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Missing the Goal

February 7, 2012

Moose and I didn’t really have any plans for the Superbowl.  We started off thinking we could have some friends over, then asked around to see if anyone was hosting, and finally decided to stay in and watch the NFL livestream.  At first, everything was great.  We did our usual dinner routine while half watching the game and getting to see some pretty cool new commercials.  And then NBC Sports made the mistake that just about every streaming service seems to make.  They started repeating the commercials.  I think that there may have been a dozen of them, at most.  What was worse, the commercials played during every lull in the game.  Time out? Commercial. Injured player? Commercial.  Referee discussion?  Commercial.  Not so interesting commentary? Commercial.  Commercial break? Commercial.  Half time?  Commercial.  Followed by two guys talking about the game.  Over the halftime show.

At this point, I was pretty much done with the livestream.  I found a recording of the halftime show on YouTube and watched that instead.  Not long after, I told Moose I was done with the game.  Moose had earlier declared that the Superbowl was the pinnacle of the best American football had to offer, but to me it was just another football game.  By that point in the game, I think it was pretty much just another football game to him, too.  Neither of us had any interest in who actually won.  We weren’t rooting for anyone.  We were watching for the commercials.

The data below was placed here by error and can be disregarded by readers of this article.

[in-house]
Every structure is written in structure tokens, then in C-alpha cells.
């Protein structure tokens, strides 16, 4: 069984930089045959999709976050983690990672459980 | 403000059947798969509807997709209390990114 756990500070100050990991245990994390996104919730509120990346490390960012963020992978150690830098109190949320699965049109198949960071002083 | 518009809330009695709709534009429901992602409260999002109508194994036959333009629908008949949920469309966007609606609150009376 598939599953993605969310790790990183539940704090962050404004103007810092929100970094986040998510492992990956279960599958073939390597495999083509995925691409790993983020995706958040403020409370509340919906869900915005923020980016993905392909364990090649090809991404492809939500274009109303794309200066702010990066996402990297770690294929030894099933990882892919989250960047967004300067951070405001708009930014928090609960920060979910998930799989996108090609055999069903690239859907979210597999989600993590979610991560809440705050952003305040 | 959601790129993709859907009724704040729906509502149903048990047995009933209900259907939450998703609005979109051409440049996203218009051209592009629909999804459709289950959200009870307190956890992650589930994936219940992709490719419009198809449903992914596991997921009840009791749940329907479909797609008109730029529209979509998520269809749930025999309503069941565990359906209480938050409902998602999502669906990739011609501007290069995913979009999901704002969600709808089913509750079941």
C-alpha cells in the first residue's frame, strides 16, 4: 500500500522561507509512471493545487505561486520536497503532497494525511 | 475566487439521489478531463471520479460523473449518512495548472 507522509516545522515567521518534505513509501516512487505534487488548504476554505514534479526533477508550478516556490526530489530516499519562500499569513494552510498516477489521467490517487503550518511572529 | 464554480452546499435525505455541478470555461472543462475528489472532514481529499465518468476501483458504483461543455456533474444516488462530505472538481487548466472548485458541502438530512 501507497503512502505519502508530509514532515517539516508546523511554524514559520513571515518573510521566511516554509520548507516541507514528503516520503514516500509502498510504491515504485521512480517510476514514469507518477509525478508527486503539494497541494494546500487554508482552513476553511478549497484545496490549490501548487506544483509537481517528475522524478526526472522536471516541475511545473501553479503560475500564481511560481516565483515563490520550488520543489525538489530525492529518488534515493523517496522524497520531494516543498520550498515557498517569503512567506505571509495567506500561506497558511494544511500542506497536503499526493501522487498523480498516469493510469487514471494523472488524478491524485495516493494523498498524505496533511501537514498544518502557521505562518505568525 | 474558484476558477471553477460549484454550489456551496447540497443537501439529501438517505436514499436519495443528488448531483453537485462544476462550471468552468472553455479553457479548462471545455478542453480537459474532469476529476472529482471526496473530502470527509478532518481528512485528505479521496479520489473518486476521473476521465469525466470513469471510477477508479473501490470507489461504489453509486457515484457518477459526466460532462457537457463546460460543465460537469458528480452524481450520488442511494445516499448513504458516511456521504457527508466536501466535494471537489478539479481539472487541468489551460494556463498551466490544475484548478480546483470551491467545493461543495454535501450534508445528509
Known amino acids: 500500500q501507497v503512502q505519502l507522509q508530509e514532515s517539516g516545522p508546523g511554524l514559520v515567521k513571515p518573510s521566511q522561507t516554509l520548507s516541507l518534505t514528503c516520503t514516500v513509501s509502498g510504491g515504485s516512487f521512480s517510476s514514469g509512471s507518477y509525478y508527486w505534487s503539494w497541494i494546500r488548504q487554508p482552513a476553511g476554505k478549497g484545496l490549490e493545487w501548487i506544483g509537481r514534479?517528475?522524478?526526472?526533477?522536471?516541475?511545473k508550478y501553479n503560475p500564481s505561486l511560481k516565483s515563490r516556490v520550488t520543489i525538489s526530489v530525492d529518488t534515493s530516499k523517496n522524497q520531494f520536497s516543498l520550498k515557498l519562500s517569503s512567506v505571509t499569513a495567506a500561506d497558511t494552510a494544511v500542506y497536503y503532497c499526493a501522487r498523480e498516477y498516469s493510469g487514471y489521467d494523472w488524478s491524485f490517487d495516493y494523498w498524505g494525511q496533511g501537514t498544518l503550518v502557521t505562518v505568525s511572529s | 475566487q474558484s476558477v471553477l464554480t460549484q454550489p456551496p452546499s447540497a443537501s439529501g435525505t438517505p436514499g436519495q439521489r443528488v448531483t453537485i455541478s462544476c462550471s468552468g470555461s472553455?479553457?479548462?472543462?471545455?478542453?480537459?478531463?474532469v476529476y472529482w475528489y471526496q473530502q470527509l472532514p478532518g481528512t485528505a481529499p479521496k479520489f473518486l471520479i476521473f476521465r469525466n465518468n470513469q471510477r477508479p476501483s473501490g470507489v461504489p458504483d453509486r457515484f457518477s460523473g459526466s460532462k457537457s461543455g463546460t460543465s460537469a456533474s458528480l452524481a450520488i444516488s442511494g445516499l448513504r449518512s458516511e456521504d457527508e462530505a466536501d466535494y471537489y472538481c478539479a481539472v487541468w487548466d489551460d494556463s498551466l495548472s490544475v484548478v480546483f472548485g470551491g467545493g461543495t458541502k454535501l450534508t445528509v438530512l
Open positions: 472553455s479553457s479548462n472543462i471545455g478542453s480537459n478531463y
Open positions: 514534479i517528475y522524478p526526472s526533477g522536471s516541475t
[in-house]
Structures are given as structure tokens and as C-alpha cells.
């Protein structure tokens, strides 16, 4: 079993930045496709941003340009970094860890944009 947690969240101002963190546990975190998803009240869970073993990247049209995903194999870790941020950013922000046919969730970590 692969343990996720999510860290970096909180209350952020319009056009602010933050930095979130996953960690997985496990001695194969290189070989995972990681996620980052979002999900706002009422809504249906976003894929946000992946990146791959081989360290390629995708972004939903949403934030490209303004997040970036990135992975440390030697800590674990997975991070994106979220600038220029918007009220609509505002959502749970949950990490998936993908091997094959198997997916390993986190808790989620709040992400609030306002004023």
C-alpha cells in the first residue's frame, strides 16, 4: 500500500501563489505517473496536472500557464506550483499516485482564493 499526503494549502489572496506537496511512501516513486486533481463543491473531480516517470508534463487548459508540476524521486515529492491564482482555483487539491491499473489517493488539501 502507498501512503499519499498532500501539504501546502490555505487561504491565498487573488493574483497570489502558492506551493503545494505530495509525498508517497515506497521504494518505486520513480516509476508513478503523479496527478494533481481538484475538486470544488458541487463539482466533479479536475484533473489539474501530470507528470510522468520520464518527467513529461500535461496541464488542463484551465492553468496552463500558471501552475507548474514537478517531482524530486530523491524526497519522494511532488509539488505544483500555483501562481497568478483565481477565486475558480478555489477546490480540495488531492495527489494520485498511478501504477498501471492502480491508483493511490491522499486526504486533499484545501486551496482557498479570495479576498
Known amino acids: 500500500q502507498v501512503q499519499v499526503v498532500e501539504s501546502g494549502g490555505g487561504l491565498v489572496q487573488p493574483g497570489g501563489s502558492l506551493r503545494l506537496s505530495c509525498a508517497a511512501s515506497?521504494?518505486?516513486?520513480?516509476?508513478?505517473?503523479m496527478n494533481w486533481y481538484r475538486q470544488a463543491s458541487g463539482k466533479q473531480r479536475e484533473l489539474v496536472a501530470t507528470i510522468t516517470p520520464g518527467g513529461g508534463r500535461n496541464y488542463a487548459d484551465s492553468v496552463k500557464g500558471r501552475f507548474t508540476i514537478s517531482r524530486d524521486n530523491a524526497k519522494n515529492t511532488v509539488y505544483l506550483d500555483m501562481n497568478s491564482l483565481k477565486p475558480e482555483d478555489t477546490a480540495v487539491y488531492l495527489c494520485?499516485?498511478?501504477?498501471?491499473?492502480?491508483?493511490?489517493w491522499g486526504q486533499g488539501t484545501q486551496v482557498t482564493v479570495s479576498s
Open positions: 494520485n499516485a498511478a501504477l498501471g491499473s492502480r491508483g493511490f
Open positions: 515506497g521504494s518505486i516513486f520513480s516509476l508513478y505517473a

NBC Sports really missed the goal on this one.  The Superbowl is the one time when people willingly and specifically sit down to watch the commercials.  They had the opportunity to reach thousands of additional viewers, and instead they chose to cut out the part of the Superbowl that keeps people watching from beginning to end.  I can’t imagine that we were the only people who gave up on the endlessly repeating commercials in favor of a show on Netflix and game updates via Twitter.

The recent clashes over SOPA and PIPA highlighted just how far behind the curve traditional media is.  The lumbering giant has long refused to recognize that internet users want to be able to watch shows online and will find a way to do it regardless of whether or not the network allows it.  NBC Sports had the opportunity to give all of its viewers the sort of advertising that they actually want, on its own terms.  Instead they stuck to the old playbook and fumbled the ball.  Maybe next year they’ll catch up with the newfangled internet technology.

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